The U.S. Army Corps of Engineers is tasked with maintaining the navigability of the waters of the United States. There are more than 100 federal harbors or federally maintained navigation channels in the Great Lakes. Nearly all of the precipitation falling in the Great Lakes Basin eventually passes through a federally-maintained harbor/channel, carrying with it sediment and contaminants. The U.S. Army Corps of Engineers spends approximately $40 million removing 2-4 million cubic yards of sediment from these channels annually.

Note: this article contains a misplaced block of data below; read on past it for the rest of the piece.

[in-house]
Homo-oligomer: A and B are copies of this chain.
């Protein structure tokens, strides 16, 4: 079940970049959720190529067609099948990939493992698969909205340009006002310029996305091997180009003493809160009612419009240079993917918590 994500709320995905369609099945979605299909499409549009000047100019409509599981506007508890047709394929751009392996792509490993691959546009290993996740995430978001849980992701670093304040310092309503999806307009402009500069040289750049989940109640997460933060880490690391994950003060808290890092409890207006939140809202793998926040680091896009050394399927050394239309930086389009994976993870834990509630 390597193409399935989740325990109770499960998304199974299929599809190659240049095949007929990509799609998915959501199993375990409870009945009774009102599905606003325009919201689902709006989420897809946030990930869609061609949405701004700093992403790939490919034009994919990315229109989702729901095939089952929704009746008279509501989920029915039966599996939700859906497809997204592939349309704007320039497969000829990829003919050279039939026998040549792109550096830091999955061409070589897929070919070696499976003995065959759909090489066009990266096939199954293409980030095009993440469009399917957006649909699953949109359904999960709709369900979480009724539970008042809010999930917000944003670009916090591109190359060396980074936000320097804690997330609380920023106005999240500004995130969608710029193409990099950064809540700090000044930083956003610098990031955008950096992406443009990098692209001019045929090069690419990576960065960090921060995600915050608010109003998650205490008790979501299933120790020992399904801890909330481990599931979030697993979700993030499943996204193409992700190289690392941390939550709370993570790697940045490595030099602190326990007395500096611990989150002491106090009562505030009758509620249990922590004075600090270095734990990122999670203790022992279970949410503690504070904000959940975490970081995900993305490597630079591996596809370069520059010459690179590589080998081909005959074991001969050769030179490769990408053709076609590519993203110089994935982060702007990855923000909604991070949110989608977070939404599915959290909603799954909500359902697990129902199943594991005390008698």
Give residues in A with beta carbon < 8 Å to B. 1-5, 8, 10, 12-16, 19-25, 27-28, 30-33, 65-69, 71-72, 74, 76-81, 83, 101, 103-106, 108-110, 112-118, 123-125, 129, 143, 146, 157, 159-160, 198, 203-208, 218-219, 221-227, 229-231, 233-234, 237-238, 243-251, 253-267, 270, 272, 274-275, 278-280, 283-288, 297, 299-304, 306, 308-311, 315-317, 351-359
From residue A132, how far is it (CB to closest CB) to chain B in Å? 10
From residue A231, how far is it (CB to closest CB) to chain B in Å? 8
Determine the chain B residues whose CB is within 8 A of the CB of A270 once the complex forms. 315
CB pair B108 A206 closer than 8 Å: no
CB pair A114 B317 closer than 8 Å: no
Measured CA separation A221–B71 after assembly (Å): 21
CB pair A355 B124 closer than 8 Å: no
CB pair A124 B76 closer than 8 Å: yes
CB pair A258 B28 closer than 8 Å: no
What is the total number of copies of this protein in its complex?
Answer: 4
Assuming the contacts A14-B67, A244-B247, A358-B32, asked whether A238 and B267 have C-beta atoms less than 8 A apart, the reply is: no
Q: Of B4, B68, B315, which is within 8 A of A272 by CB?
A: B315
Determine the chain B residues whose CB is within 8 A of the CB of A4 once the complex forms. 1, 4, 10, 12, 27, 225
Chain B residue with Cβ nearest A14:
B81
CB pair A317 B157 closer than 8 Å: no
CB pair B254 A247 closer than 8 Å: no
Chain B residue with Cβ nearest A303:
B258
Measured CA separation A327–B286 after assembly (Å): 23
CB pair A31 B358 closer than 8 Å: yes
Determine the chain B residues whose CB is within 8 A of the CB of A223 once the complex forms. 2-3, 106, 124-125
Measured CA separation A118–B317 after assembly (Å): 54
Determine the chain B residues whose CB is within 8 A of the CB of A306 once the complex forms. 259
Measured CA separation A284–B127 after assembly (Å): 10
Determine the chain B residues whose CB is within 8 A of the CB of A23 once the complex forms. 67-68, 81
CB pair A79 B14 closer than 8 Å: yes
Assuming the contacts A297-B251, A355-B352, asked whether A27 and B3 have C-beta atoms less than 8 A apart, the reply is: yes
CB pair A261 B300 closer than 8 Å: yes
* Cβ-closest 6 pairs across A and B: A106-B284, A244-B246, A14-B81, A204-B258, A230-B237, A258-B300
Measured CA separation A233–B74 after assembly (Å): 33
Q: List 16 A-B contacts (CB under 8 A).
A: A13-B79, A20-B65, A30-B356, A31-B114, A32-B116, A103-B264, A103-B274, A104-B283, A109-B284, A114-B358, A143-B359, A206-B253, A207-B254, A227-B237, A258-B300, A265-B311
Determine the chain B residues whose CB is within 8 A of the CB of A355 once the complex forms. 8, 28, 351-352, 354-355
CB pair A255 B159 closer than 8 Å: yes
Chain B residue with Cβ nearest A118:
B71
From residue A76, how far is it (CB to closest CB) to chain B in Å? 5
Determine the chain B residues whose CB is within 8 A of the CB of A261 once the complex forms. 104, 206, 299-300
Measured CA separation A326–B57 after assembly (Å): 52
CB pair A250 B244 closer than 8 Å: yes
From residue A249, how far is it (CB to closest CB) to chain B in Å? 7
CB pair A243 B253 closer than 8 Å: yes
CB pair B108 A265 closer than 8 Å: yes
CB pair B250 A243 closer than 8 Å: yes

This study proposes to apply both field and laboratory investigations to determine the historical and predicted future rates of sediment accumulation, as well as the remaining storage capacity, behind the network of dams in the Great Lakes watershed that are tributary to federal harbors. Approximately 10 reservoirs will be selected for the detailed field reconnaissance efforts. Information gleaned from these sites will be analyzed for applicability to the more distributed Great Lakes Watershed. The selection process for these reservoirs will be critical to ensure the resulting findings can be applied more globally. The majority of the reservoirs chosen for this study will be from Great Lakes sub-watersheds that are representative of “typical” agricultural basins, but with unique hydrological and hydraulic stream features that can be used to identify/associate sedimentation features with watershed features. Additionally, one-two reservoirs that are primarily forested and one-two reservoirs that are primarily urban will be chosen to compare sedimentation rates to the findings associated with the agricultural watersheds. Previous research has shown that sediment flux from watersheds with mixed land use/cover is quite different than that in watersheds strictly agricultural in character (Coulter et al. 2004).